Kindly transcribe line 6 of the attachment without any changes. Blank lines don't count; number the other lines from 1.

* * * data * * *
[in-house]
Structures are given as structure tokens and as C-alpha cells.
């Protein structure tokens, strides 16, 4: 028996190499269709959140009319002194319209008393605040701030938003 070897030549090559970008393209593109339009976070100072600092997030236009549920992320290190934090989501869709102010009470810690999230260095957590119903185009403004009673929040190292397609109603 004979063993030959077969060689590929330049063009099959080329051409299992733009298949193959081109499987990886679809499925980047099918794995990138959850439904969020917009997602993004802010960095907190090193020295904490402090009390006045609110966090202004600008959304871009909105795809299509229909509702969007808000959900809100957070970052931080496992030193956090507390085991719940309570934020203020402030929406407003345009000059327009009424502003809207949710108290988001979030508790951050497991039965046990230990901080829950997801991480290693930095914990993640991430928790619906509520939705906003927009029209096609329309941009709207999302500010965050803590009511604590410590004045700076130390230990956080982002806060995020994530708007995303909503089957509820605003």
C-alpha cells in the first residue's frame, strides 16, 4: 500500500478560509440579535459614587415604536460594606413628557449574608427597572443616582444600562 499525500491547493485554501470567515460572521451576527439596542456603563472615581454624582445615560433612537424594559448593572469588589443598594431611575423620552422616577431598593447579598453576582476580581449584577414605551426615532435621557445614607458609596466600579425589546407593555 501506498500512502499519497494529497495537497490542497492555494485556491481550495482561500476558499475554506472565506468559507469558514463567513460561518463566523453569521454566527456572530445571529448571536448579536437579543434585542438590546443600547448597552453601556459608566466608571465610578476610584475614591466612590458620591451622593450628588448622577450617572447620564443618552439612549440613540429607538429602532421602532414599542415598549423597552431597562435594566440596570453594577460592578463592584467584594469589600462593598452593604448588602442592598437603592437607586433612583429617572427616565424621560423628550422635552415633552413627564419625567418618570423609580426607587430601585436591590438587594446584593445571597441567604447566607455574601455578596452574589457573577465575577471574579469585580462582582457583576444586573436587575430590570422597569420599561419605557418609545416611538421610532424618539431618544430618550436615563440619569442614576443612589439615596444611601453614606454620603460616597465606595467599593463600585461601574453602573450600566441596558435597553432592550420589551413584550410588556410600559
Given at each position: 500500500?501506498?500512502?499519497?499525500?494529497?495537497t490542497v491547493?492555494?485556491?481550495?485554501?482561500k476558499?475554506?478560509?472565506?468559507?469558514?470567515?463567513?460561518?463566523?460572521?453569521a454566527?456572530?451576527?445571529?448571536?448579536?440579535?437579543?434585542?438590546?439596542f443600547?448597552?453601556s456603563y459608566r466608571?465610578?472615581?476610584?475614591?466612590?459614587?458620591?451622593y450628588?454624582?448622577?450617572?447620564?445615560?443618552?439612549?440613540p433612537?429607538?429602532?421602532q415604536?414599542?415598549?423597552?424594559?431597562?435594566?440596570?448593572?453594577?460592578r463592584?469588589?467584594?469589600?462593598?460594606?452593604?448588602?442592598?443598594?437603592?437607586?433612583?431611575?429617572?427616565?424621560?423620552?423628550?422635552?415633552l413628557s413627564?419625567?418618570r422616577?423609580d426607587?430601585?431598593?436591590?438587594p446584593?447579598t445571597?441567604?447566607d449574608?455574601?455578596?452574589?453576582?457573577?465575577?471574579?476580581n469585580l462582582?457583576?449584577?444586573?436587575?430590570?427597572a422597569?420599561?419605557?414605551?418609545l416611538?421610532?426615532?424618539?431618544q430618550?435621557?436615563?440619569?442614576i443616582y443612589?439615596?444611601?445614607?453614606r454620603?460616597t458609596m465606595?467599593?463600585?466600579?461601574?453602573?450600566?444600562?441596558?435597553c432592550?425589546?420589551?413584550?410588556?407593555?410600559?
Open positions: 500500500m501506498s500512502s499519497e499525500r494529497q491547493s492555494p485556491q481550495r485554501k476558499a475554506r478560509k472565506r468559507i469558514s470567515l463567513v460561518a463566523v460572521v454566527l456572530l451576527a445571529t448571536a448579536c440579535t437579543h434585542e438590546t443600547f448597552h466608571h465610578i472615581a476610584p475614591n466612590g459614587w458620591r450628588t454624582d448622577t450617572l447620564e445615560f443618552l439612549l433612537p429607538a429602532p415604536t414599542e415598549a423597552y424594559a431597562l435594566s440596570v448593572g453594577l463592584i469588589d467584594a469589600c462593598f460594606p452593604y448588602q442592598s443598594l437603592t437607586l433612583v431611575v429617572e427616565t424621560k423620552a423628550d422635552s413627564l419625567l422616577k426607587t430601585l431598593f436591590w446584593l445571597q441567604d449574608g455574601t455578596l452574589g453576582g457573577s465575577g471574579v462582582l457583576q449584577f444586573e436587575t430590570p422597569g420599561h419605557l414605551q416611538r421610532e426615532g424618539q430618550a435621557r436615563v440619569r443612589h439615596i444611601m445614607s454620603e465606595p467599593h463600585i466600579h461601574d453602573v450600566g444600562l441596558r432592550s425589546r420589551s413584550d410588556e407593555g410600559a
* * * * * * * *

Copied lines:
Open positions: 500500500m501506498s500512502s499519497e499525500r494529497q491547493s492555494p485556491q481550495r485554501k476558499a475554506r478560509k472565506r468559507i469558514s470567515l463567513v460561518a463566523v460572521v454566527l456572530l451576527a445571529t448571536a448579536c440579535t437579543h434585542e438590546t443600547f448597552h466608571h465610578i472615581a476610584p475614591n466612590g459614587w458620591r450628588t454624582d448622577t450617572l447620564e445615560f443618552l439612549l433612537p429607538a429602532p415604536t414599542e415598549a423597552y424594559a431597562l435594566s440596570v448593572g453594577l463592584i469588589d467584594a469589600c462593598f460594606p452593604y448588602q442592598s443598594l437603592t437607586l433612583v431611575v429617572e427616565t424621560k423620552a423628550d422635552s413627564l419625567l422616577k426607587t430601585l431598593f436591590w446584593l445571597q441567604d449574608g455574601t455578596l452574589g453576582g457573577s465575577g471574579v462582582l457583576q449584577f444586573e436587575t430590570p422597569g420599561h419605557l414605551q416611538r421610532e426615532g424618539q430618550a435621557r436615563v440619569r443612589h439615596i444611601m445614607s454620603e465606595p467599593h463600585i466600579h461601574d453602573v450600566g444600562l441596558r432592550s425589546r420589551s413584550d410588556e407593555g410600559a